“Muddling through”

Chris Rodgers has written a couple of related posts, on management as “muddling through” and the “beautiful ugly truth” of management. As usual, I find myself nodding in agreement.

I’ve been thinking lately about the status we play when we use different kinds of language.  In management, there’s a tendency to favour high status language because it sounds more important. This creates the kind of jargon most of us secretly dislike. So on the whole, I’m in favour of more of the lower status language. In my own line of work I often realise there’s a lot of muddling through or “making it up as I go along”.

But supposedly low status language carries its own baggage too.

I may think by saying I make it up as I go along, I am merely being honest and not making myself seem too important. However, it can be interpreted as suggesting more than this.. perhaps suggesting I am just carefree, or flippant, or disrespectful of the participants and what is at stake. When I am muddling through as a facilitator, I hope I am not just being casual, but doing something sensible and considered in the light of all the information I am receiving.

It’s a tricky business, describing what you do…

 

One thought on ““Muddling through”

  1. Chris Rodgers

    Thanks, Johnnie.

    You’re right about the language, of course. And “muddling through” is an uncomfortable phrase for many people to say out loud – even if they recognize that that’s what they’re doing in practice. In the diagram accompanying the “beautiful, ugly truth” post, what I’ve labelled “Act 2″ recognizes the pressure on people to construct a rational explanation of what they’ve been doing, given the dominant management discourse that still equates leading with being ‘in control’, etc.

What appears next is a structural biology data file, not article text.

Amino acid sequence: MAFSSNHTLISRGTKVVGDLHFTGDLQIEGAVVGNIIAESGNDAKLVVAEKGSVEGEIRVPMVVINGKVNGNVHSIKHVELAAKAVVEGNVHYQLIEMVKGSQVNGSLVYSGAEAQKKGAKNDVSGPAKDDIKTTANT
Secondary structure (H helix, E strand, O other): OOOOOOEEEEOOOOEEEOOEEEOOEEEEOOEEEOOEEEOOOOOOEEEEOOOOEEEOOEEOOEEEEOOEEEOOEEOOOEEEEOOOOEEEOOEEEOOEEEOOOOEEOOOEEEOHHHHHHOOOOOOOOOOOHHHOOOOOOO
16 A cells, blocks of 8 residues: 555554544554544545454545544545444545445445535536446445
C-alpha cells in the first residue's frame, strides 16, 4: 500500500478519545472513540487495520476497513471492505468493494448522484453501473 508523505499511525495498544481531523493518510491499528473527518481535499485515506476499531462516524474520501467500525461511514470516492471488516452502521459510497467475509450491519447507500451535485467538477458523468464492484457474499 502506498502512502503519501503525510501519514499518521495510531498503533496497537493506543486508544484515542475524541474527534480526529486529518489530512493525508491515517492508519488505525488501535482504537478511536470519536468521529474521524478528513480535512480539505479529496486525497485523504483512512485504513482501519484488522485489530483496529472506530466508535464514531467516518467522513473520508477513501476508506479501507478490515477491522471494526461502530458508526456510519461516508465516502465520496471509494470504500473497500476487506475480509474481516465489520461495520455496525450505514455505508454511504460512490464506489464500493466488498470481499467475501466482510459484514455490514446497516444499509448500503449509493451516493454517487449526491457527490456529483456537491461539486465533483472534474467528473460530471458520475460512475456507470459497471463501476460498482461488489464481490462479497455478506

This is one of the reasons why I identified “acting politically” as an important attribute of skilful leadership in Informal Coalitions. At the same time, I believe it’s important to ‘keep chipping away’ at the myths that disfigure our understanding of organizational dynamics and leadership practice – as you clearly do yourself.

    As regards your commentary on your own facilitation, I would suggest that this is part of what I describe as “muddling through with purpose, courage, and skill”.

    Cheers, Chris

    Reply

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